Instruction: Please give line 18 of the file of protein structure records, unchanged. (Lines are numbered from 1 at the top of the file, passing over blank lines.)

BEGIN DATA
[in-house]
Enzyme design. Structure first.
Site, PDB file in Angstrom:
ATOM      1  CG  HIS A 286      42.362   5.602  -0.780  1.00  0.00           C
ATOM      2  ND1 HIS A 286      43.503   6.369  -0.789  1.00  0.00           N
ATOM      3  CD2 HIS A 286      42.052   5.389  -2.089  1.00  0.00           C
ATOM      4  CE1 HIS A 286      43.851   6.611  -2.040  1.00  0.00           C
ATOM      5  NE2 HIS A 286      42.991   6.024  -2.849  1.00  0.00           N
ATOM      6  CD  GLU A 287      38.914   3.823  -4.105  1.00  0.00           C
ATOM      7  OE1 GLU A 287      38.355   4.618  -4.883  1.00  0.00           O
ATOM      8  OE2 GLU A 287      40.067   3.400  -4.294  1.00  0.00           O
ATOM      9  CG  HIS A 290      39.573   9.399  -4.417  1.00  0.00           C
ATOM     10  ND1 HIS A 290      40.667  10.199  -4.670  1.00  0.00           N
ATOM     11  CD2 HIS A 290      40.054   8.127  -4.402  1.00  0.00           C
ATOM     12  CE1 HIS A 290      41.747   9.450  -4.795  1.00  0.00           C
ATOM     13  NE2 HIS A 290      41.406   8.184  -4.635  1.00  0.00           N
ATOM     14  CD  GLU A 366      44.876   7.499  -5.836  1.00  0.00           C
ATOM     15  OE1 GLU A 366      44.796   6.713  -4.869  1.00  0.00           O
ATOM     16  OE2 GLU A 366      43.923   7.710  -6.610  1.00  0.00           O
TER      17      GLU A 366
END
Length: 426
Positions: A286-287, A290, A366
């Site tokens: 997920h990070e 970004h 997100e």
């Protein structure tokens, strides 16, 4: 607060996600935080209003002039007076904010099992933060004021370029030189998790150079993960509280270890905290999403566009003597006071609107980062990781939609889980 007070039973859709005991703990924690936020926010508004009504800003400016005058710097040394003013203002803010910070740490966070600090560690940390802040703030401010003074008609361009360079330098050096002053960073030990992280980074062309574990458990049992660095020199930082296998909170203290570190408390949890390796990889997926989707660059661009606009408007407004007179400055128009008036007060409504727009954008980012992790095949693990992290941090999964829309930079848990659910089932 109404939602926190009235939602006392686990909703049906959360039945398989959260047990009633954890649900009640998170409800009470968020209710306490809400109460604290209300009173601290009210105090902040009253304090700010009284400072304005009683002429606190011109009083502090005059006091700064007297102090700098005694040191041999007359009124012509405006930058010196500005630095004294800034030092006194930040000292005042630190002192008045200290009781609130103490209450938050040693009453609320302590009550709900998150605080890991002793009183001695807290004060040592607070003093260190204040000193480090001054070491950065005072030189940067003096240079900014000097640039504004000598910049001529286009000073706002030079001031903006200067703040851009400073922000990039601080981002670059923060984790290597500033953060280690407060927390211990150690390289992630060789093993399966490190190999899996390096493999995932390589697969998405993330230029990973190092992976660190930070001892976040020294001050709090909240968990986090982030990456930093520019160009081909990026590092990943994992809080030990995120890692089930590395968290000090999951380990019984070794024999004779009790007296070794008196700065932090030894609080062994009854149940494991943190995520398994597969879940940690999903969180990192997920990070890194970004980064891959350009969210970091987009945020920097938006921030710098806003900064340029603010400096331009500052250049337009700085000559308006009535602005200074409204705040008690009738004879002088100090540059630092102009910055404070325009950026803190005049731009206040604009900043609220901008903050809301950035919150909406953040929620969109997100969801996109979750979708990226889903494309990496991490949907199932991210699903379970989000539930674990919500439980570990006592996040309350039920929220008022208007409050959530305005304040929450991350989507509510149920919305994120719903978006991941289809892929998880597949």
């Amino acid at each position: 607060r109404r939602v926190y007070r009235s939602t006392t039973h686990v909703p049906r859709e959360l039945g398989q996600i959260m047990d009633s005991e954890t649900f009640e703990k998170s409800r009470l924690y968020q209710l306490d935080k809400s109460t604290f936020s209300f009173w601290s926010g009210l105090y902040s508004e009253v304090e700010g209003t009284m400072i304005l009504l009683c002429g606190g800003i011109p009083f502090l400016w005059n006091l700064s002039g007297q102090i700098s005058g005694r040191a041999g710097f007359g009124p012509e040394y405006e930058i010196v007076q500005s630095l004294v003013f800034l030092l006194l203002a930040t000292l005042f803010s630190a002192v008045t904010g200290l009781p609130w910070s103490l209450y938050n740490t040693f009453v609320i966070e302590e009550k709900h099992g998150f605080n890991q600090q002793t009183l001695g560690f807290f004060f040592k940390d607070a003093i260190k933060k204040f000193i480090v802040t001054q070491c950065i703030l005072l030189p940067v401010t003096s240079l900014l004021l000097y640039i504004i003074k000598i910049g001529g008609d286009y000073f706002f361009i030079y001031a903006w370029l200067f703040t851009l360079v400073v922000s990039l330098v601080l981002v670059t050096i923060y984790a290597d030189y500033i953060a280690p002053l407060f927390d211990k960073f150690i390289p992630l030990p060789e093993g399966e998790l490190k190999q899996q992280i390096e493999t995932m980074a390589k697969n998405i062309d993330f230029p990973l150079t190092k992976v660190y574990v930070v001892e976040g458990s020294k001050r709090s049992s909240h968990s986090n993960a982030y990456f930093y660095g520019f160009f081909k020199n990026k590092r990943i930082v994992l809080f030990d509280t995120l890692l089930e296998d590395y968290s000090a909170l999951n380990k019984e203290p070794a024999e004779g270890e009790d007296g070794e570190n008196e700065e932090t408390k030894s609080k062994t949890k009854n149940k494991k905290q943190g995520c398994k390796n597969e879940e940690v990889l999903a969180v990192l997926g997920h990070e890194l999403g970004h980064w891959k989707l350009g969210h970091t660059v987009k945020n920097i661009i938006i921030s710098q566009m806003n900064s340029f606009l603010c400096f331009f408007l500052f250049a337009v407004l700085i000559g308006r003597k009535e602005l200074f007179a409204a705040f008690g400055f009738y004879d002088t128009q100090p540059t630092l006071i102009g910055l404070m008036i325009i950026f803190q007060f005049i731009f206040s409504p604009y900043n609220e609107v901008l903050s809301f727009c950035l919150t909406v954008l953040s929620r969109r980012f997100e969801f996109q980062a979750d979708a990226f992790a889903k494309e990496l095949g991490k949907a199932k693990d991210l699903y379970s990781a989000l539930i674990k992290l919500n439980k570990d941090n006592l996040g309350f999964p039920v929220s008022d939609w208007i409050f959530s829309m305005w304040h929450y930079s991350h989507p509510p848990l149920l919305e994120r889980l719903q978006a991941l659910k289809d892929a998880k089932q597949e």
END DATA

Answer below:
ATOM     15  OE1 GLU A 366      44.796   6.713  -4.869  1.00  0.00           O